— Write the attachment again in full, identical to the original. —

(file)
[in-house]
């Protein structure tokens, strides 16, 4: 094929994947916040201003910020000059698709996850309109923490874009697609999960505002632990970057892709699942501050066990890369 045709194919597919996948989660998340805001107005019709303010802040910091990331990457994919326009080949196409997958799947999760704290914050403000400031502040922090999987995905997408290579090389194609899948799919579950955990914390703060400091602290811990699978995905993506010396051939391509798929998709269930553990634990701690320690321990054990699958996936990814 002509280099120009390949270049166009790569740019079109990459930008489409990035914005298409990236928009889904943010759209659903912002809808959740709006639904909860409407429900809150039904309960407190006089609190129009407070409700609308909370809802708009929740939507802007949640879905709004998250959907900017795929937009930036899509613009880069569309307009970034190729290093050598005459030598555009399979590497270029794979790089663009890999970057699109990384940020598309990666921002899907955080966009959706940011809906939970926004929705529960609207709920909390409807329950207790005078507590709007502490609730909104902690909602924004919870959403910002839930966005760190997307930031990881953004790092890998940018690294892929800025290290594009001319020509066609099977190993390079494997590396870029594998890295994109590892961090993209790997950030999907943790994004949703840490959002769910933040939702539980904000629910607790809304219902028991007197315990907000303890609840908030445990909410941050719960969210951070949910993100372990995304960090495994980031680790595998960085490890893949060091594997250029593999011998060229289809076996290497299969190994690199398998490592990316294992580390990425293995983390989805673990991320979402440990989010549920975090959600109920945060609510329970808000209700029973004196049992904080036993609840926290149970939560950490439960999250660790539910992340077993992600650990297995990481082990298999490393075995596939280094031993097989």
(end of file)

[in-house]
């Protein structure tokens, strides 16, 4: 094929994947916040201003910020000059698709996850309109923490874009697609999960505002632990970057892709699942501050066990890369 045709194919597919996948989660998340805001107005019709303010802040910091990331990457994919326009080949196409997958799947999760704290914050403000400031502040922090999987995905997408290579090389194609899948799919579950955990914390703060400091602290811990699978995905993506010396051939391509798929998709269930553990634990701690320690321990054990699958996936990814 002509280099120009390949270049166009790569740019079109990459930008489409990035914005298409990236928009889904943010759209659903912002809808959740709006639904909860409407429900809150039904309960407190006089609190129009407070409700609308909370809802708009929740939507802007949640879905709004998250959907900017795929937009930036899509613009880069569309307009970034190729290093050598005459030598555009399979590497270029794979790089663009890999970057699109990384940020598309990666921002899907955080966009959706940011809906939970926004929705529960609207709920909390409807329950207790005078507590709007502490609730909104902690909602924004919870959403910002839930966005760190997307930031990881953004790092890998940018690294892929800025290290594009001319020509066609099977190993390079494997590396870029594998890295994109590892961090993209790997950030999907943790994004949703840490959002769910933040939702539980904000629910607790809304219902028991007197315990907000303890609840908030445990909410941050719960969210951070949910993100372990995304960090495994980031680790595998960085490890893949060091594997250029593999011998060229289809076996290497299969190994690199398998490592990316294992580390990425293995983390989805673990991320979402440990989010549920975090959600109920945060609510329970808000209700029973004196049992904080036993609840926290149970939560950490439960999250660790539910992340077993992600650990297995990481082990298999490393075995596939280094031993097989």